Public Folders are used in earlier versions of Microsoft Exchange Server to store free/busy data and files. From Microsoft Exchange Server 2007, free/busy data is no longer stored in public folders. It’s recommend that you do not store files in public folders in Exchange 2007. Instead, consider using Microsoft Office SharePoint, or Windows SharePoint Services. Public folders are included and supported in Exchange 2007 and 2010. However, future releases of Microsoft Exchange might not include public folders. You can visit http://blogs.technet.com/b/exchange/archive/2006/02/20/419994.aspx. Also, you can refer MS Exchange team blog have posted the updated public folder guidance for versions of Exchange past Exchange 2007.
So, what are my options?
If you're building something new, you should look at the requirements and building on the SharePoint Technologies platform:
+ Starting with Exchange 2007, we recommend that applications use the Availability service to provide free/busy data for Exchange mailbox users. Windows SharePoint Services replaces the file sharing functionality that public folders provide. You must redesign applications that use public folders to use Exchange Web Services. + Also consider redesigning custom applications as early as possible as future versions of Microsoft Exchange may not contain public folders. + In addition to that you can refer the wonderful blogpost by Joel.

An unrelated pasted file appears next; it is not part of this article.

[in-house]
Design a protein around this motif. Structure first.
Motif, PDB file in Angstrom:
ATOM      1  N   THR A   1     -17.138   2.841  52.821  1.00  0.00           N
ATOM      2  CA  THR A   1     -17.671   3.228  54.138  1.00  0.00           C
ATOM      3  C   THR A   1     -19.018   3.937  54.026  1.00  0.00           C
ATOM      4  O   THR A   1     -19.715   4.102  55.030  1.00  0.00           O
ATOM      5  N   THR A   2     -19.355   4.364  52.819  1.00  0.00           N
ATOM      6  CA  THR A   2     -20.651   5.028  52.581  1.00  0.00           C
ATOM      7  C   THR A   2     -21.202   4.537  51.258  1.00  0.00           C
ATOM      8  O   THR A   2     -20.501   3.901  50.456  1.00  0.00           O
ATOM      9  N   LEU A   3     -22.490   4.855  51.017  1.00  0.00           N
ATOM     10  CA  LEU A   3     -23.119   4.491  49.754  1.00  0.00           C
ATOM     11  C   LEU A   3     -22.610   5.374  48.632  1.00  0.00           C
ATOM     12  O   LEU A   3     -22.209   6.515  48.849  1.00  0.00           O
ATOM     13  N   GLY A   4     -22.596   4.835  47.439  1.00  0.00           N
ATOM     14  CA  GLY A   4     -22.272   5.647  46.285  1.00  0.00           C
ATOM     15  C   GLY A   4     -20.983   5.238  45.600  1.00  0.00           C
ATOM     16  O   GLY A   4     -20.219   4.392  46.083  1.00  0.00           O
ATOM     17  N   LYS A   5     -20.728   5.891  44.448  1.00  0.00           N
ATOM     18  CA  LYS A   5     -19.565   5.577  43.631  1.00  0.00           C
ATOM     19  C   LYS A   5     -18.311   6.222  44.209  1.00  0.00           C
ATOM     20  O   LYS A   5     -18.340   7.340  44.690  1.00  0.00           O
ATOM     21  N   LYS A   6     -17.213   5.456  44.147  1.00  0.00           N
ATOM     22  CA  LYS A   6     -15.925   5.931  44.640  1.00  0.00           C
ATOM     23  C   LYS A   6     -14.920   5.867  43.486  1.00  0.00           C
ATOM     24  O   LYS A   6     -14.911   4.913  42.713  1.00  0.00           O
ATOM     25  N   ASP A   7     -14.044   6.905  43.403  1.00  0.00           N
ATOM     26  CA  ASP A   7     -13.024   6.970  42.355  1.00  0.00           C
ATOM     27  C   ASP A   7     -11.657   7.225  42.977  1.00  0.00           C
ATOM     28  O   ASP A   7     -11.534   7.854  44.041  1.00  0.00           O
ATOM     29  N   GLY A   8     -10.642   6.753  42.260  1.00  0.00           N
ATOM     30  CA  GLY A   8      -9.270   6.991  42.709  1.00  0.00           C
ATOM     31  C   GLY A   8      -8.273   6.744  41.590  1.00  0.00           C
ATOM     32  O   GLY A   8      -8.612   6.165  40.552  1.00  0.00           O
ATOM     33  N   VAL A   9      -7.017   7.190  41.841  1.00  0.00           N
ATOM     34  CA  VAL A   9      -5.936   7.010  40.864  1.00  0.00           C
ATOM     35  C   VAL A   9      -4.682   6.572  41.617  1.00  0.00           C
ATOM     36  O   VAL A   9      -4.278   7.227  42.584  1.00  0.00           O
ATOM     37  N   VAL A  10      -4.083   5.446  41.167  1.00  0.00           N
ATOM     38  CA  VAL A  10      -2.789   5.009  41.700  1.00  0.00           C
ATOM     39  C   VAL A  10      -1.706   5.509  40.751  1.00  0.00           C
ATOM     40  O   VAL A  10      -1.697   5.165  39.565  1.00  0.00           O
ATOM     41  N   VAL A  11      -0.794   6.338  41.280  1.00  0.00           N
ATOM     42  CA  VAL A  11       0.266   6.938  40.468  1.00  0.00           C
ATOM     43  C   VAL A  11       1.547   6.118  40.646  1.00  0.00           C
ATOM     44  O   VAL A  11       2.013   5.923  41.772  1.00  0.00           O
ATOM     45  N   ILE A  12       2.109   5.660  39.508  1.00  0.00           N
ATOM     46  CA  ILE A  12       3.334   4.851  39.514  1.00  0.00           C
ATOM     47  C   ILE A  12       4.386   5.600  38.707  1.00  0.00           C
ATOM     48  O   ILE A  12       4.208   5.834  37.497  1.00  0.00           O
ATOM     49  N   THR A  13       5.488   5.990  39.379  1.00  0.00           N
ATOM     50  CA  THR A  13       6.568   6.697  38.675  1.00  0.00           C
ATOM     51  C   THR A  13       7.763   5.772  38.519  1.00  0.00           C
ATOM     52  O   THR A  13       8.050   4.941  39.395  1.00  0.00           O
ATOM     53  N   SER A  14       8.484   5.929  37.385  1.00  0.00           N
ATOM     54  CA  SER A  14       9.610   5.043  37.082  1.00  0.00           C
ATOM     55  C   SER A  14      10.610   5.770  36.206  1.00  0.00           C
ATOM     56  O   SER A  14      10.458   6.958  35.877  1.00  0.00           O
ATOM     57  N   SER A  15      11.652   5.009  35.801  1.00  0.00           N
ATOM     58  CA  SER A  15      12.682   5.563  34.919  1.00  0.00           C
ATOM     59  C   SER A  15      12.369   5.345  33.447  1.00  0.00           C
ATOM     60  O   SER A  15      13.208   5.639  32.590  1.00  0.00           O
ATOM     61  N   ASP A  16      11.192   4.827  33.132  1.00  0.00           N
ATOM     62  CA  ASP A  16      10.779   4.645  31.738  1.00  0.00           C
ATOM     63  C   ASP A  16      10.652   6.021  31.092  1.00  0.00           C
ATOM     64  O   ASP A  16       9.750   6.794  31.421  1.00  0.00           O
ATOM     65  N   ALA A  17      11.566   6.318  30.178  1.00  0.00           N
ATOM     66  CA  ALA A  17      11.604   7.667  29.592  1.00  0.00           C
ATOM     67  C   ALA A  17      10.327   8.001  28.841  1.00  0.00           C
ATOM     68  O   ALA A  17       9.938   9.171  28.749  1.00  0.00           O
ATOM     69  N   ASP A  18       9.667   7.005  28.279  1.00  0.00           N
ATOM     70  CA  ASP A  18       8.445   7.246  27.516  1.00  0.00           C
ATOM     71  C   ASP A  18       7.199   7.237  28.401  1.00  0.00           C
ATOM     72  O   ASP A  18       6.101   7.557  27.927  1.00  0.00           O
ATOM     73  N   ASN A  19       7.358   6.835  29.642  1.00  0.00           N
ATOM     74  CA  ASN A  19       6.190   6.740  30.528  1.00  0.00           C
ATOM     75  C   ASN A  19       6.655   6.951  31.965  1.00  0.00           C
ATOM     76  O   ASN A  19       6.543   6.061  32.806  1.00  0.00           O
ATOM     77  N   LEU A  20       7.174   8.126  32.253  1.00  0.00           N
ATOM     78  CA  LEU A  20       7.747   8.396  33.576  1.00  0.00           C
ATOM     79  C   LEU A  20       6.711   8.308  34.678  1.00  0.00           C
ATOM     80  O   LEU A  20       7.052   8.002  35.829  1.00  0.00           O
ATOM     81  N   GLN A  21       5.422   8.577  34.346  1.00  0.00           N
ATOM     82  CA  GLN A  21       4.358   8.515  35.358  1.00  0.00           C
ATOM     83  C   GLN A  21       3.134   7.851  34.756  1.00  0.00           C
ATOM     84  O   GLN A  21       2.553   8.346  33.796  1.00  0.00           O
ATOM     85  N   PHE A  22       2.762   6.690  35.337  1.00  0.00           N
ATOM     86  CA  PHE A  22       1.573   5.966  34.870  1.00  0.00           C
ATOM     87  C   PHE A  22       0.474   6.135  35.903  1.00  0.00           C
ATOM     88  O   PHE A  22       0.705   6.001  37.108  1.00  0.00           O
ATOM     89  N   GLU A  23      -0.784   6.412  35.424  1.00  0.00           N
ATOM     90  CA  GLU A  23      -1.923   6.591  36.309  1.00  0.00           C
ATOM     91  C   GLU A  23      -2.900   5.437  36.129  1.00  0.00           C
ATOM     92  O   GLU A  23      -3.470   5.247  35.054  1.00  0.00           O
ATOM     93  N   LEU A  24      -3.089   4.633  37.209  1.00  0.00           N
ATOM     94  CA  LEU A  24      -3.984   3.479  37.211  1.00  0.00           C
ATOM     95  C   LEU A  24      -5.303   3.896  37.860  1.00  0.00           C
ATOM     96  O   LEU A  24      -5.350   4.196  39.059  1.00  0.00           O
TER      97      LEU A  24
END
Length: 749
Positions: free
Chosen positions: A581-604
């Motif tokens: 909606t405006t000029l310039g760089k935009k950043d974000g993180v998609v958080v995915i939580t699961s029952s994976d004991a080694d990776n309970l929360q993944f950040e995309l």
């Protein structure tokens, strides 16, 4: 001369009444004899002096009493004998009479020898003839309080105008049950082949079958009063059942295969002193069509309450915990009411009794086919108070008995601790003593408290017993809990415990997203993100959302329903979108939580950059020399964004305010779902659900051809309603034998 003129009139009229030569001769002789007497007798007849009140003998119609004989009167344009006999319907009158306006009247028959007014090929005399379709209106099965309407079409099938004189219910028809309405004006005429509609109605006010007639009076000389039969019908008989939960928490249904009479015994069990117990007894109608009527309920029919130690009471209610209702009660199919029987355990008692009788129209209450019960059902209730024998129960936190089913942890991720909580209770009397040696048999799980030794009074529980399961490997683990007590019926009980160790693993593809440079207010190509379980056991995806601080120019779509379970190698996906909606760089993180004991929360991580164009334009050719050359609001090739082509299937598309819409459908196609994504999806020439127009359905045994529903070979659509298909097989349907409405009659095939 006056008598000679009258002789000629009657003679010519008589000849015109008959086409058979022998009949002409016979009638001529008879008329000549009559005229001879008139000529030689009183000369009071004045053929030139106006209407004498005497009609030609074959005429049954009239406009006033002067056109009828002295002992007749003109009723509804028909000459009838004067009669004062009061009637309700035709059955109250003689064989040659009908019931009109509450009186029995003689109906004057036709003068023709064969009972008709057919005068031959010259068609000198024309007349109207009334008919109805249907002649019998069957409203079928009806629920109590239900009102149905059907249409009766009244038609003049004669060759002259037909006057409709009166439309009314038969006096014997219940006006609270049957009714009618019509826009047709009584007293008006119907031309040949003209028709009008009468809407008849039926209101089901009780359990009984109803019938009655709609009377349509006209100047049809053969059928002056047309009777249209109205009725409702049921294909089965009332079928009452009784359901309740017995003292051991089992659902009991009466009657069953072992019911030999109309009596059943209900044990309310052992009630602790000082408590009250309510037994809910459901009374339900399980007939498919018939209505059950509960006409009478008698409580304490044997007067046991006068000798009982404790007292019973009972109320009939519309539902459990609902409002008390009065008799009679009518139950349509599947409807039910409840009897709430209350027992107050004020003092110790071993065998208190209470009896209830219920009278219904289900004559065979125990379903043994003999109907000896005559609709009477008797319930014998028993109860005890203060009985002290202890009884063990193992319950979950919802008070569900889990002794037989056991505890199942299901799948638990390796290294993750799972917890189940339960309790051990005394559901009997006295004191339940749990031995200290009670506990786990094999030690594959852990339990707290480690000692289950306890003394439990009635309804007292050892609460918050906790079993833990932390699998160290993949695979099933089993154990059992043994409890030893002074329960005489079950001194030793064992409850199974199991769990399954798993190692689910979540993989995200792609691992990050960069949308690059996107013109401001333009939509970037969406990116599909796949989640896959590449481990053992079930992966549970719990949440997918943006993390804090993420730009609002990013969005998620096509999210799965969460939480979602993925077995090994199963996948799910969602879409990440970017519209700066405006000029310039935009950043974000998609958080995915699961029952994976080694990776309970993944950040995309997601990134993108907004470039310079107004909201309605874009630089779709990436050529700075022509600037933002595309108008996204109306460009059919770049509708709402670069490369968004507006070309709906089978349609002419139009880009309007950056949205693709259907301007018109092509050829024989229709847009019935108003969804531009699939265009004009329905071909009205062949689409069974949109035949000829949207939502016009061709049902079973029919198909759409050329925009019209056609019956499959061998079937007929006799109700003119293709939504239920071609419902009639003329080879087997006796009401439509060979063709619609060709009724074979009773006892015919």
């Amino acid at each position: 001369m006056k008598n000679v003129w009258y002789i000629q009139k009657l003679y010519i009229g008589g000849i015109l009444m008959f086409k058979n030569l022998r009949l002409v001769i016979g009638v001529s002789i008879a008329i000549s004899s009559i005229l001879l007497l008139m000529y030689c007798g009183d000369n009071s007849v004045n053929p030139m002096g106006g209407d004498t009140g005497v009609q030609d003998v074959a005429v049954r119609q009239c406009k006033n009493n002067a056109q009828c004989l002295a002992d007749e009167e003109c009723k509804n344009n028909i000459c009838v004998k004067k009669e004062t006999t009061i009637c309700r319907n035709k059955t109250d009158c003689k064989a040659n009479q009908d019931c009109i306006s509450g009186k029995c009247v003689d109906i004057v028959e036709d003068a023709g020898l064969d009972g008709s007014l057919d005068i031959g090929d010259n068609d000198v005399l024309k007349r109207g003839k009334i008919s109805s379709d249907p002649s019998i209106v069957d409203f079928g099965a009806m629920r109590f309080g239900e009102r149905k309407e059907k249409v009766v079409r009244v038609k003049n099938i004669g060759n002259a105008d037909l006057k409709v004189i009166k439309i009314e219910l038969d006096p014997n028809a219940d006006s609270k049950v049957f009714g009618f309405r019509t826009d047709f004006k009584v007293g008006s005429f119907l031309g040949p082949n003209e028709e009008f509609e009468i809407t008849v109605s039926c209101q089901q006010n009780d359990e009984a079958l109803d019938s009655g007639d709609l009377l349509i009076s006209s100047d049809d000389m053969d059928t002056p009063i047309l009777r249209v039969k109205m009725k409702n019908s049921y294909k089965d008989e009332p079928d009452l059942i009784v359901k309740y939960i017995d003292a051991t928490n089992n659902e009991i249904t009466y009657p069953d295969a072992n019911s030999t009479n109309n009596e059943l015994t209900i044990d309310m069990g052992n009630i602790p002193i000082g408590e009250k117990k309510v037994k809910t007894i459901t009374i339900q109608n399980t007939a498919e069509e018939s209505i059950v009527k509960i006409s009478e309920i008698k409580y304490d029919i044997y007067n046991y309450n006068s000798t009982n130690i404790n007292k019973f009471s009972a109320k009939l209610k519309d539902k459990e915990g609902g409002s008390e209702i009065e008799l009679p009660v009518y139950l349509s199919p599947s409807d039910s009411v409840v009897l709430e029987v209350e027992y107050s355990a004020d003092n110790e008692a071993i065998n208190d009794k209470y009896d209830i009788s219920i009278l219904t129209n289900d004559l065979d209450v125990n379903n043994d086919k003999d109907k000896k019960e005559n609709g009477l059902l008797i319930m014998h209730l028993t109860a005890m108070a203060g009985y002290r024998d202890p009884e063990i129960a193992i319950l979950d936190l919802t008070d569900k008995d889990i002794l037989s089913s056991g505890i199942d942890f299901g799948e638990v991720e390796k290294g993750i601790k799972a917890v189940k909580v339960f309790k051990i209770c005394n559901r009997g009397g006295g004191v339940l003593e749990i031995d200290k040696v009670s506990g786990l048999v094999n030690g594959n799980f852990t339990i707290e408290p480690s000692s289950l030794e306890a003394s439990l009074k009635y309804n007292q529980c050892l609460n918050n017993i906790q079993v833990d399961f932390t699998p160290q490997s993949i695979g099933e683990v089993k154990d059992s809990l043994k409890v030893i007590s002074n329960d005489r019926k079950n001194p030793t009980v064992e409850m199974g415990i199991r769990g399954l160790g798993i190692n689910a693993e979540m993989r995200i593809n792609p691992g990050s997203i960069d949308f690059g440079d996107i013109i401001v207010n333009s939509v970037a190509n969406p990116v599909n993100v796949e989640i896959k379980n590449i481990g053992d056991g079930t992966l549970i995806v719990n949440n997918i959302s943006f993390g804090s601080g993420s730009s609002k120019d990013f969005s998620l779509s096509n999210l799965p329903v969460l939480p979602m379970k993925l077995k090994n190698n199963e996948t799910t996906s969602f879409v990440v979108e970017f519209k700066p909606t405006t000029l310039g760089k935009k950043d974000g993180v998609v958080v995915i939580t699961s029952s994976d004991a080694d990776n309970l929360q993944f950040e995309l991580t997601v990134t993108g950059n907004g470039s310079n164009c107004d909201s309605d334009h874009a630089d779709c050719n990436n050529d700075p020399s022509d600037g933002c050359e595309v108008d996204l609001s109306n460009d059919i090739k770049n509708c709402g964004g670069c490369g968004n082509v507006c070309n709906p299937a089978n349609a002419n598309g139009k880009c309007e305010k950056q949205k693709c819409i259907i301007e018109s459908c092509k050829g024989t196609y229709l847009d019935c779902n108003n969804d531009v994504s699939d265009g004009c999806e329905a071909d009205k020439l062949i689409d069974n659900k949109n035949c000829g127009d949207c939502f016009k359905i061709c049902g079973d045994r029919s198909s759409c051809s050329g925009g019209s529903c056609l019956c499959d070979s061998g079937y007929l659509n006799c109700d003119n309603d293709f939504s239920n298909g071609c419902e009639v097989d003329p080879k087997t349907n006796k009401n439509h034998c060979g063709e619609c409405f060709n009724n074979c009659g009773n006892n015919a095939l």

Are you a C++ developer? Then, its for you. Recently I was watching Channel9, “GoingNative 2012” - wonderful sessions on C++. Please find the related links for your reference:
Recently one of my developer customer (developer of PC and mobile based applications) was asking is there any difference available between Outlook Object Model (OOM) API and Pocket Outlook Object Model (POOM) API? If yes, where it's documented? As you know, the Pocket Outlook Object Model (POOM) API is a COM-based library that provides programmatic access to Personal Information Manager (PIM) data on mobile devices. It provides functionality for manipulating PIM-item collections and folders. I pointed him to have a look at the MSDN document, which points at the principal differences between the Pocket Outlook Object Model and the Outlook object model.